Due to difficulty to reach agreement between parties, some difficult questions such as ways to scale up existing commitments on cutting emissions, ways to provide financial help for poor countries, wording that does not allow double counting and whether countries are doing enough to cut their emissions (in the light of the IPCC report) were postponed to the next conference.
David Waskow, of the World Resources Institute, said the deal was "a good foundation for countries to go about implementing the Paris agreement" and added that "It sets the direction of travel and will spur countries to take action. Now countries need to go home and do their homework, by increasing their commitments [on emissions]".
Some achievements have been made:
- 50 countries signed the “Silesia declaration”, which emphasised the need for emission-reducing policies to ensure “a just transition of the workforce” and create “decent work and quality jobs”.
- The Polish presidency declared a “forests for climate” policy highlighting the important role of forests in solving climate problems.
- COP24 welcomes “timely completion” of the Special Report on Global Warming of 1.5 °C and “invited” countries to make use of the report.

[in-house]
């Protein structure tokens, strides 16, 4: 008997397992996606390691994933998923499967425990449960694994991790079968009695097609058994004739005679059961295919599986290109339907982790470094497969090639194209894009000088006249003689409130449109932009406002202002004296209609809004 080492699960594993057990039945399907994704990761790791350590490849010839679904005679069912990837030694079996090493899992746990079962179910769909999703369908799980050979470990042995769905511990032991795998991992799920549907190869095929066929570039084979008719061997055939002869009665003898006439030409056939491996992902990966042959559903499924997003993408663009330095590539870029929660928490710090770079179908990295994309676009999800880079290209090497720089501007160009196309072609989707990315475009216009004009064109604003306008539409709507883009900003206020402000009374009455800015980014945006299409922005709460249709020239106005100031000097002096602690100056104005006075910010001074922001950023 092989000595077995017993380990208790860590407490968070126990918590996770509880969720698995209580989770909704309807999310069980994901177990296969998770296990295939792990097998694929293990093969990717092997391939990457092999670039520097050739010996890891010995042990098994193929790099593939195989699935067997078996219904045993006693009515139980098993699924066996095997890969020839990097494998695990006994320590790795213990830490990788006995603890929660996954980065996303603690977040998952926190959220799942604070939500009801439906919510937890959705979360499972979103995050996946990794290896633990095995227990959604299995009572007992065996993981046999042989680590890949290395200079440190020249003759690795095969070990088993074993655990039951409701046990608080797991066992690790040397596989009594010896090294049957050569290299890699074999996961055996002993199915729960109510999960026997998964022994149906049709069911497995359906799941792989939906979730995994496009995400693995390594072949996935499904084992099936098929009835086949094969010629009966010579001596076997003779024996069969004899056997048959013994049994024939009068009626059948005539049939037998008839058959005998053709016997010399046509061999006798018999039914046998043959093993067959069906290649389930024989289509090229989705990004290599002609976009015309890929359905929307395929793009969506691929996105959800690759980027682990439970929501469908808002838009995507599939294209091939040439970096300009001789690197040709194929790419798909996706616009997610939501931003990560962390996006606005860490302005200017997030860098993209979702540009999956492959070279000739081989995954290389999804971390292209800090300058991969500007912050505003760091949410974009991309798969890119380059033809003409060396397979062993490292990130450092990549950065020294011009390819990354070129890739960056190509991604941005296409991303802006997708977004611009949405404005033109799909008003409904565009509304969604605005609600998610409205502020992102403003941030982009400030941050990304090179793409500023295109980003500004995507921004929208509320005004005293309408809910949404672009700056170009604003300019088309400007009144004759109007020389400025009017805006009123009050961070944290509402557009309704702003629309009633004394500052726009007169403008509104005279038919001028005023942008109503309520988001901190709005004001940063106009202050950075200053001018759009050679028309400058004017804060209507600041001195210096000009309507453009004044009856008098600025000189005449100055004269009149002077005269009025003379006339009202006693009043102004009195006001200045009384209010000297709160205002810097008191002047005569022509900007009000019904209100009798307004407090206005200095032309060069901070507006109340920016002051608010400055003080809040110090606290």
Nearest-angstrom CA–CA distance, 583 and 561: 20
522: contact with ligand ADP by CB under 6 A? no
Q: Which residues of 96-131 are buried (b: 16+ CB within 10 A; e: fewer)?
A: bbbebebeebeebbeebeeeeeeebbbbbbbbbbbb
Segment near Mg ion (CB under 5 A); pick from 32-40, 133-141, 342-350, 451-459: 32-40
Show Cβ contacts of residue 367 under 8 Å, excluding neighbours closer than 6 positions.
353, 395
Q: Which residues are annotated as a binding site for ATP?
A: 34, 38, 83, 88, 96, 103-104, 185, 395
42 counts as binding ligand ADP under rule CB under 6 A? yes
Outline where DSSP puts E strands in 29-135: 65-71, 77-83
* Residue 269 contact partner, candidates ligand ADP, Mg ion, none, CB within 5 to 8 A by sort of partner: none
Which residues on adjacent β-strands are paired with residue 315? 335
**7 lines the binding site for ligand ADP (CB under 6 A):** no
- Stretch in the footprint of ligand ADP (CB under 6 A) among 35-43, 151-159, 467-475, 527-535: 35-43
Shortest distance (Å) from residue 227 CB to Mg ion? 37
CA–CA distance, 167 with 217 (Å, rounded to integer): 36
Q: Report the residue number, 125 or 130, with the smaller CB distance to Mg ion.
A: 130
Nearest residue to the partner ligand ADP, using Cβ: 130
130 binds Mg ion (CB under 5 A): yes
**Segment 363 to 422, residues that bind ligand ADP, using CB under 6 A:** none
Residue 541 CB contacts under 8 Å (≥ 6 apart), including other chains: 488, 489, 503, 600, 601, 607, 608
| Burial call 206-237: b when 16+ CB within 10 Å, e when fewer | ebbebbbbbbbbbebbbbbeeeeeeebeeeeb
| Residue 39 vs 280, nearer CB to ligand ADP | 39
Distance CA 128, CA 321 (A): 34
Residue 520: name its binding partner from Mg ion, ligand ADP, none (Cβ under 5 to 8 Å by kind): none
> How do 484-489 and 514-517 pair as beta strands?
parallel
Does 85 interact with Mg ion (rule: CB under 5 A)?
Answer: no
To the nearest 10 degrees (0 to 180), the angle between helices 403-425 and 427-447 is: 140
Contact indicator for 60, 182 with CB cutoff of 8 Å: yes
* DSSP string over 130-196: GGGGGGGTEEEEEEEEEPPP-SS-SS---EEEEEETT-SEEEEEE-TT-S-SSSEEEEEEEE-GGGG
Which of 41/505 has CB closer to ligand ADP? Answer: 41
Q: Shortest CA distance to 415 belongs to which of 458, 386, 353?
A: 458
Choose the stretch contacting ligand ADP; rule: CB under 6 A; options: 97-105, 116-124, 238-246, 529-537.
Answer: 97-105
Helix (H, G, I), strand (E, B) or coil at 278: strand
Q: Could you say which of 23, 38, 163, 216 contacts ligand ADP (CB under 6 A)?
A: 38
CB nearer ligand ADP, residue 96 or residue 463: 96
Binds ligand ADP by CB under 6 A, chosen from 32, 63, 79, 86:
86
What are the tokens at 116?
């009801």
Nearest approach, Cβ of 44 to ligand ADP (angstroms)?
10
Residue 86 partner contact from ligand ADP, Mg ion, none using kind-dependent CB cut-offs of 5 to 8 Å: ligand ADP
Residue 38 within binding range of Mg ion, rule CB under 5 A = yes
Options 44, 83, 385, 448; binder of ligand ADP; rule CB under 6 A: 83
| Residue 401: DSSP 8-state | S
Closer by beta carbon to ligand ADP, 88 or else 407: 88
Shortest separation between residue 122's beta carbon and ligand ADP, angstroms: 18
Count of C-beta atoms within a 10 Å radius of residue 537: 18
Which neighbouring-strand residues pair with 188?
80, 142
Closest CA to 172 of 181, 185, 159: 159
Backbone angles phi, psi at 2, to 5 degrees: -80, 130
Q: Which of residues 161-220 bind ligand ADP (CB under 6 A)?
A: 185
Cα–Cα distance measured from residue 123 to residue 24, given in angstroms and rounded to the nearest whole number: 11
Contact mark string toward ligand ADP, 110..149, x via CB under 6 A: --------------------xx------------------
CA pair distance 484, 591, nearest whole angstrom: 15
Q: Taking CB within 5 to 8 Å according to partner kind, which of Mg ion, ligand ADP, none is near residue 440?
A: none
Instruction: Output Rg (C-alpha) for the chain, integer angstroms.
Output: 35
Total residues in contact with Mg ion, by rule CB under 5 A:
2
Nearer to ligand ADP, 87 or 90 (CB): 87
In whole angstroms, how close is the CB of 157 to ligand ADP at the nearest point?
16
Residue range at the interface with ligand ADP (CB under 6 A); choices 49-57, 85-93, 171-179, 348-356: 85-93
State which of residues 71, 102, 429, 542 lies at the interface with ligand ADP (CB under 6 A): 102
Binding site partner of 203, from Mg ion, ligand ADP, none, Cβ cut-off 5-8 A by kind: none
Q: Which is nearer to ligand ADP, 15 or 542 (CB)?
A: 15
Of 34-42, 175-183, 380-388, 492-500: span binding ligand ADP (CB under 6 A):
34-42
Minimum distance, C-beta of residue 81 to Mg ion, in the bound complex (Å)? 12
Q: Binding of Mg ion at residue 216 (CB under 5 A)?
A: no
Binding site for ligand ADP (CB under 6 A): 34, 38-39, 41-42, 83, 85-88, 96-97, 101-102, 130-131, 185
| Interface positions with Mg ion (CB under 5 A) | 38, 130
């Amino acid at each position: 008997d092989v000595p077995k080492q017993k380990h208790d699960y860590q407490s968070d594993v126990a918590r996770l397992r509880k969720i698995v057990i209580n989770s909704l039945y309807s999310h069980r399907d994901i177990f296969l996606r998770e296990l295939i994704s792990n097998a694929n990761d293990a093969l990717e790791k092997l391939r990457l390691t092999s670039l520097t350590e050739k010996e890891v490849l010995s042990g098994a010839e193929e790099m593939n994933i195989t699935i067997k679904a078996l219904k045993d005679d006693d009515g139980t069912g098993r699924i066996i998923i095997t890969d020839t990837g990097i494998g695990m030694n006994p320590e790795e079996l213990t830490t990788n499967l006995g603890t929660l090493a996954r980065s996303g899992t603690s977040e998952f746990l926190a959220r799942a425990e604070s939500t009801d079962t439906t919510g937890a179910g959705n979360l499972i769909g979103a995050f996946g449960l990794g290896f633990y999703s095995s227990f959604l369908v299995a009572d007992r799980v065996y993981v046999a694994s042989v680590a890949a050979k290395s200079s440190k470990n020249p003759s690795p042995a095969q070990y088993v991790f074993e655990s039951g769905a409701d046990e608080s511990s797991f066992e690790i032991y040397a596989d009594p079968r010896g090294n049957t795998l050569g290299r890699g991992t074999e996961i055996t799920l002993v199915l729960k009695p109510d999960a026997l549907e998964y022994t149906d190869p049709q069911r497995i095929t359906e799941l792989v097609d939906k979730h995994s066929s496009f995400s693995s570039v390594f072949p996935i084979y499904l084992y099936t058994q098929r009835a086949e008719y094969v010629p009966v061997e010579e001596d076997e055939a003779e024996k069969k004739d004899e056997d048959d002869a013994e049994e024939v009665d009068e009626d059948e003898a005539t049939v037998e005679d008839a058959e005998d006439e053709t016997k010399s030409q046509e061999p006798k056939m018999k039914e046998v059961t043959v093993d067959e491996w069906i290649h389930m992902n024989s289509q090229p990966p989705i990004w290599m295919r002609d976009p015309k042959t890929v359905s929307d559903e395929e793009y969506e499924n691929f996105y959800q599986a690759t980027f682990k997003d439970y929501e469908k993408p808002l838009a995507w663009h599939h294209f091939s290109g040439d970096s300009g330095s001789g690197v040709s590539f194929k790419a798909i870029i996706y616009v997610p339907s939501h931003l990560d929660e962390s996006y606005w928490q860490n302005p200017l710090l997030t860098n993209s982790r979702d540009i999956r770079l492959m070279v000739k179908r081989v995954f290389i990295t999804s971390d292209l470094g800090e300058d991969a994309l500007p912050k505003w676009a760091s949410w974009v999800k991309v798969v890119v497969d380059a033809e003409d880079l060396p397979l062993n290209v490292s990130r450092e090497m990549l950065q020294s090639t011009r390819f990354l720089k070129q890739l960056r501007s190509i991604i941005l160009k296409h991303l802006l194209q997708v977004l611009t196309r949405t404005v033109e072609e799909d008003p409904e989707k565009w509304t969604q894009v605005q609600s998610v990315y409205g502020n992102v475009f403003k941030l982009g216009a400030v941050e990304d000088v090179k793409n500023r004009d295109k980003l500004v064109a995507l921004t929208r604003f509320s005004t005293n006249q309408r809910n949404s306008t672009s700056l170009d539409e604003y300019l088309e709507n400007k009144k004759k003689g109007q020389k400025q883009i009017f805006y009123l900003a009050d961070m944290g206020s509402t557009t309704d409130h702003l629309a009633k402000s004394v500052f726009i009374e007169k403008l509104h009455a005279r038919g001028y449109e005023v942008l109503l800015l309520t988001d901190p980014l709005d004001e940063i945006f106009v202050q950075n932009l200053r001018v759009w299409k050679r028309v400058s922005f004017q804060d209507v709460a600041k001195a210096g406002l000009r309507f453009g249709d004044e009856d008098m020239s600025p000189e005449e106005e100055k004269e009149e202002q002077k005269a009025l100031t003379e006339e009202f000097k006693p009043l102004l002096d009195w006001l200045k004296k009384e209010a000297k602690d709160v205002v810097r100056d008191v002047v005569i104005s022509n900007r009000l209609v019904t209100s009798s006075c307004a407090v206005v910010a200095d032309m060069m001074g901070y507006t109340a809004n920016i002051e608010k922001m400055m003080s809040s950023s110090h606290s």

- Some countries say that they will increase their climate pledges in 2020, including India, Canada, Ukraine, and Jamaica.
- Several dozen countries forming “High Ambition Coalition” – including the EU, UK, Germany, France, Argentina, Mexico, and Canada – pledged to raise their targets by 2020.
- New members join the Powering Past Coal Alliance; now there are around 80.
- Germany make a €70m contribution to the Adaptation Fund. Smaller pledges made by France, Sweden, Italy and the EU raised the total to $129m – an annual record for the fund.
- Germany gave €1.5bn for the Green Climate Fund – double their 2014 contribution.
- Norway pledged $516m to the Green Climate Fund.
- The World Bank gave $200bn for climate programms in 2021-2025, two times more that in 2015 - 2020. It was also one of nine banks which pledged to “align... their activities” with the goals of the Paris Agreement.
- Five other banks – ING, BBVA, BNP Paribas, Société Générale and Standard Chartered – with a capital of €2.4tn, pledged to adjust the climate alignment of their lending portfolios to achieve the “well below 2C” target.
- The UK say it will increase by £100m the funding for renewable energy projects in sub-Saharan Africa, and by £170m the funding to support the creation low carbon industry in the UK by 2040.
- Maersk, the world’s largest shipping company, said it will totally eliminate its carbon impact by 2050,
- Shell committed to link short-term carbon targets to executive pay from the year 2020.
- There were many smaller pledges from businesses.
- The governments of four countries (the gas/oil-producers USA, Russia, Saudi Arabia and Kuwait) blocked a proposal to welcome the Intergovernmental Panel on Climate Change’s (IPCC) Special Report on Global Warming of 1.5°C.
Many say, that there is a “lack of urgency” in the COP decisions, but some good decisions have been made.